GUILFOYLE: It is hilarious. How does he do that?

WATTERS: It's pretty amazing. So very talented. The producers found it for me.

KILMEADE: Is that real, though? Or is that...

WATTERS: Are you saying this is fake news?

KILMEADE: Well, I just -- it seems like the tower seems pretty secure. I don't know if Elmer's played a role in this.

PERINO: You've been -- basically, you have said that almost everything we've had on the show is not real.

KILMEADE: I'm a little cynical today. All right. "FOX & Friends," of all places. Do I get my introduction?

PERINO: What a day.

KILMEADE: Here we go. Finally, I get my iso camera. There's no wide shot we could take? I finally am on camera one time. Unbelievable.

GUILFOYLE: Wow, how ungrateful.

KILMEADE: I'm very grateful. On December 10, "Andrew Jackson" Hero Under Fire" will finally be on at 8 p.m. These guys did an incredible job putting this together. Not only do you look at Jackson in the war on -- at the Battle Of New Orleans, but his incredible life. And now he's front and center, because everyone makes the comparisons with President Trump.

The one thing I wanted to share with you is they let me behind the glass at his house, at The Hermitage. Howard Keitel, who runs things over there, is president and CEO, he brought me to what is essentially the trophy room. This is the things that mattered most to Andrew Jackson. Here's a little of it.


HOWARD KEITEL, PRESIDENT/CEO, THE HERMITAGE: Now, this is the front parlor of the mansion, and if you were coming to visit president Jackson or former President Jackson, he -- you would have been invited to come in here and wait for him. And he would've let you wait long enough to look at the things he has in this room that would tell you he's an important man.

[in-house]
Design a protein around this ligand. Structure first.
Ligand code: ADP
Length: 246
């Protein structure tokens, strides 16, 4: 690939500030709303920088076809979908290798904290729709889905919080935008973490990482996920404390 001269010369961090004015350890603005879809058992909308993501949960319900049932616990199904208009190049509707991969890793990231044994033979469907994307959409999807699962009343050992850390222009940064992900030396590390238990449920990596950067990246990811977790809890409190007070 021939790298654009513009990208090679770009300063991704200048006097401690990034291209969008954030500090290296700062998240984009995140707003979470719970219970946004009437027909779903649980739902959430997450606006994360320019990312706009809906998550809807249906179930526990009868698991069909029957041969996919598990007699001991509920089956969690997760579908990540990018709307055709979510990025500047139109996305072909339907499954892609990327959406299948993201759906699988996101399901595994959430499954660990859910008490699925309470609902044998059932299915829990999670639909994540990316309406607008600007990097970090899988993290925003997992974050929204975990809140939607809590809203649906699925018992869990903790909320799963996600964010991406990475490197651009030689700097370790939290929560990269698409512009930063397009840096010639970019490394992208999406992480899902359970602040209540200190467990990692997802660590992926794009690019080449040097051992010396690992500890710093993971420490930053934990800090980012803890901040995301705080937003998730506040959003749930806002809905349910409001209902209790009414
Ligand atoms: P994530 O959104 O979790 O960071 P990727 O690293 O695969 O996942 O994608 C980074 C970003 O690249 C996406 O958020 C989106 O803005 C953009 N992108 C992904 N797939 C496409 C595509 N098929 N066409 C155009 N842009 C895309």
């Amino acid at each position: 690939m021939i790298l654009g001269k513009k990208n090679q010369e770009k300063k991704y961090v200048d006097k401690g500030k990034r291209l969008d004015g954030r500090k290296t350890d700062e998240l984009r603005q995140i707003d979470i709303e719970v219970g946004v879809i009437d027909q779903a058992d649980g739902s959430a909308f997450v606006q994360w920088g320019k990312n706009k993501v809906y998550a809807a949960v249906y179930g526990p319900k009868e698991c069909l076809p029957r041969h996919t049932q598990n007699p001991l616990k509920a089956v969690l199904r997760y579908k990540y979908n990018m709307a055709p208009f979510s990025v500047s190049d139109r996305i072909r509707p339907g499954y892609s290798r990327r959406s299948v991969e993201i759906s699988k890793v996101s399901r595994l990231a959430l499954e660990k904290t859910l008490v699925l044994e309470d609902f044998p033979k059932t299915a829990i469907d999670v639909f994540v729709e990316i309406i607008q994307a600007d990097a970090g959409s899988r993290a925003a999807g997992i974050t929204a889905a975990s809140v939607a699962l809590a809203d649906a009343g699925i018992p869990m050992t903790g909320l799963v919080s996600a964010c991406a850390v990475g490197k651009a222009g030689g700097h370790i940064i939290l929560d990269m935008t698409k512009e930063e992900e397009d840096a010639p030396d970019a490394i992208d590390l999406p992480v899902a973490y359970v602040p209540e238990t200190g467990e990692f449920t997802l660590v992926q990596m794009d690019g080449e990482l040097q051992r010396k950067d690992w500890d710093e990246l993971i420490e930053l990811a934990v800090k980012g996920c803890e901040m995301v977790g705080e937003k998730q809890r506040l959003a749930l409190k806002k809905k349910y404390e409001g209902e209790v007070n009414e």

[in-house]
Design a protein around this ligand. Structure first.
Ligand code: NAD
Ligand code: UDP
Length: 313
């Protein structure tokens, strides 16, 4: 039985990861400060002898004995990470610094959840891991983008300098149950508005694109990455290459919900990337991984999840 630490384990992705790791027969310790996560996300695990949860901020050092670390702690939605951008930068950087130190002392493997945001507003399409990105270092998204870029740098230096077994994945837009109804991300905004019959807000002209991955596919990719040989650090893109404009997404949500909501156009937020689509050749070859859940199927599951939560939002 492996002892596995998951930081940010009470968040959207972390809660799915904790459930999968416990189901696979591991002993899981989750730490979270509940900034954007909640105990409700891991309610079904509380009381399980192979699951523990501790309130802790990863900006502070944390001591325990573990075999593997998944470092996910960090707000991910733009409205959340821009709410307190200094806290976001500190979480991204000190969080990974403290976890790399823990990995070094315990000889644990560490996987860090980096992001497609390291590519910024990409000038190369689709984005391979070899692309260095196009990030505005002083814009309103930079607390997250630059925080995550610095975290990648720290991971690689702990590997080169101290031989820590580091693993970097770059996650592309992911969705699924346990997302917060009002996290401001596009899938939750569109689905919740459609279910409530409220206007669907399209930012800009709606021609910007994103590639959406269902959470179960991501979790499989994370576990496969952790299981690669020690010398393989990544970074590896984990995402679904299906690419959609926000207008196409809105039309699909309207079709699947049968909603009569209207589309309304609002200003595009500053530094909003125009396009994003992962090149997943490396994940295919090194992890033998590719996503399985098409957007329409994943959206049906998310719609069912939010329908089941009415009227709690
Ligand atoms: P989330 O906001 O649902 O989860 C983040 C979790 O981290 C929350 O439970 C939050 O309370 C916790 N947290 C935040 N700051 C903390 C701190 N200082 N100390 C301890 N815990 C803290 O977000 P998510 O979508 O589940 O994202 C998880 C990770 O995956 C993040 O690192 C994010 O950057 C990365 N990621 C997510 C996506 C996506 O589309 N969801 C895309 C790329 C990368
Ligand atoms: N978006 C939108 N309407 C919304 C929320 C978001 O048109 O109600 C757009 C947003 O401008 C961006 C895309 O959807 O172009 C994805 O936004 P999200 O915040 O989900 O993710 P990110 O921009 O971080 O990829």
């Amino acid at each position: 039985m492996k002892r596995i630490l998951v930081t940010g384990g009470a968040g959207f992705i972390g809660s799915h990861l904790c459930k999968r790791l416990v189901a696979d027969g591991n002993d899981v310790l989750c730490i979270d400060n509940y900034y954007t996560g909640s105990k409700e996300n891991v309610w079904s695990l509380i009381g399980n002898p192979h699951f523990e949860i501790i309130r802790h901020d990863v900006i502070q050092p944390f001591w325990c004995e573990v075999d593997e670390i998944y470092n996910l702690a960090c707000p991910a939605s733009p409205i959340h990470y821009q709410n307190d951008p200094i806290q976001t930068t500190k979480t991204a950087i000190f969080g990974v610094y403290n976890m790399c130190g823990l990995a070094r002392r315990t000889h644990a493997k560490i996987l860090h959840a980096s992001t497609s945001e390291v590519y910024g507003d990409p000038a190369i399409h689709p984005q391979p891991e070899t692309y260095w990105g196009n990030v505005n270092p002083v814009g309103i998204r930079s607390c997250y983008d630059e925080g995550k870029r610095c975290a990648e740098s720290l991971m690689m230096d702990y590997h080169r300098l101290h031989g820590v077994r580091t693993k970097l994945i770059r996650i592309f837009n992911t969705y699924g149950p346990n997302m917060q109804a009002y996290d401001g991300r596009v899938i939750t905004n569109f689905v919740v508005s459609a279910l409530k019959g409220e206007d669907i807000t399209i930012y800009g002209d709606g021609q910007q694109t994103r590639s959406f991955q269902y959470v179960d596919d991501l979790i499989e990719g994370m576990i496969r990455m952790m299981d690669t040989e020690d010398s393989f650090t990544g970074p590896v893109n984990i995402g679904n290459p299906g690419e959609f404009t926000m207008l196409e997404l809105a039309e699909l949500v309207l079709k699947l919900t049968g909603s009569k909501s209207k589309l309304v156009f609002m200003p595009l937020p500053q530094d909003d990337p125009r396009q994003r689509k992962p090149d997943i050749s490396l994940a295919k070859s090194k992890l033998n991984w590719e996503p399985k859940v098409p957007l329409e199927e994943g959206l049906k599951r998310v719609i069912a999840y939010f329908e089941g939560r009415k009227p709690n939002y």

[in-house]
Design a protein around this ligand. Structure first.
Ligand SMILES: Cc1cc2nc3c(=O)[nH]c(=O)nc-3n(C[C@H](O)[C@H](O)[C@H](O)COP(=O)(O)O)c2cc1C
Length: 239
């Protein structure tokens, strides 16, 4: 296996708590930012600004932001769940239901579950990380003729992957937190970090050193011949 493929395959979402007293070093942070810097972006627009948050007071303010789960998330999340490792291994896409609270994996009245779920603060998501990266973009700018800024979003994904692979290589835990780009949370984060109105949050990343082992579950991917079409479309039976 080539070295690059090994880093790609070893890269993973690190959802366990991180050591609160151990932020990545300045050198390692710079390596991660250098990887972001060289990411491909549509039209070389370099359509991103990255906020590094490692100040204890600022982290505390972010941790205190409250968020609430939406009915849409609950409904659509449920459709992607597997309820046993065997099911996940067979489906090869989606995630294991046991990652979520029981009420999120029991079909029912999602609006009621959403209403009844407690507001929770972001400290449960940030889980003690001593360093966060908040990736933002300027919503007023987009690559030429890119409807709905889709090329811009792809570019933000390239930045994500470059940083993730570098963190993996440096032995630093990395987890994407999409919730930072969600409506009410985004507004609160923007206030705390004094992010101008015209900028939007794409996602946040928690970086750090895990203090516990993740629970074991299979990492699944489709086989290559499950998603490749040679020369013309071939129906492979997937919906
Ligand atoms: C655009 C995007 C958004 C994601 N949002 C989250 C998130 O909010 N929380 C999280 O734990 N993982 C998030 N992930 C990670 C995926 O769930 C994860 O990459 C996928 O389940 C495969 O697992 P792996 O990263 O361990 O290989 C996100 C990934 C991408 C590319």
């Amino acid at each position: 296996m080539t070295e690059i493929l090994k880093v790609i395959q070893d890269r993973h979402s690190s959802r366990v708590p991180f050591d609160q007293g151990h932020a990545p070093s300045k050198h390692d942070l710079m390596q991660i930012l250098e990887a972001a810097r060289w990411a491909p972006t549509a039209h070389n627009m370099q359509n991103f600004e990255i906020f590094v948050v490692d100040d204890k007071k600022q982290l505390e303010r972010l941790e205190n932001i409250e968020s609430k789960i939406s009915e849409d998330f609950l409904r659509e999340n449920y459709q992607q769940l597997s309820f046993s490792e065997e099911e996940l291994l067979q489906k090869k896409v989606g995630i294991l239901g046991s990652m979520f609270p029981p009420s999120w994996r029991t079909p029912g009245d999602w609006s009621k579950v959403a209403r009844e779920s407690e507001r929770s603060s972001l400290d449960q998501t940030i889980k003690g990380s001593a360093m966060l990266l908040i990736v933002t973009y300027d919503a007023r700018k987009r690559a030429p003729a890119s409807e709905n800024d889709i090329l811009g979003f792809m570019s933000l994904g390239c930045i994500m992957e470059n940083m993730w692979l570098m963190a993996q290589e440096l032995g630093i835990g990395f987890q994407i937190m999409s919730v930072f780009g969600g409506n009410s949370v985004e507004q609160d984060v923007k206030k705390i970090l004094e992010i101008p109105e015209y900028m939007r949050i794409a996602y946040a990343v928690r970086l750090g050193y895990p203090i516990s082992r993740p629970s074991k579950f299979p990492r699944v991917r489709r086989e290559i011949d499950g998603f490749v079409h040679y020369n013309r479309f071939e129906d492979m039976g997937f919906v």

KILMEADE: So get this. This is the thing in his room. You see the candle on the -- on the table?


KILMEADE: That candle was lit by George Washington after the Battle of Yorktown. He sat down with his officers, and he said, "Everybody hold a candle. I'm going to light it for you. We made history. And hold onto this candle the rest of your life."

Well, Jackson looked up to Washington, and when one of the officers there, before he passed away, had to go give that candle to Andrew Jackson himself. And that very candle was held by George Washington, handed to Andrew Jackson, and sat out on a table. And that sits at the Heritage in Nashville.

PERINO: Did you get to touch it?


WATTERS: Does this have something to do with your book?

KILMEADE: Yes. Well, yes, "Andrew Jackson: The Miracle of New Orleans."

PERINO: Wasn't that supposed to air this week?

KILMEADE: Yes, it was.


KILMEADE: But it was delayed, because -- I'm not sure. But it's going to be on December -- December 10.

WATTERS: You're harassing the camera to get back on you. You've only been on TV three hours today.

PERINO: We have love tapping you (ph). Now we've got to do something...

GUILFOYLE: Four hours.

PERINO: ... to say, never miss an episode of "The Five." "Special Report" is up next. Bret. Like Calgon, take it away.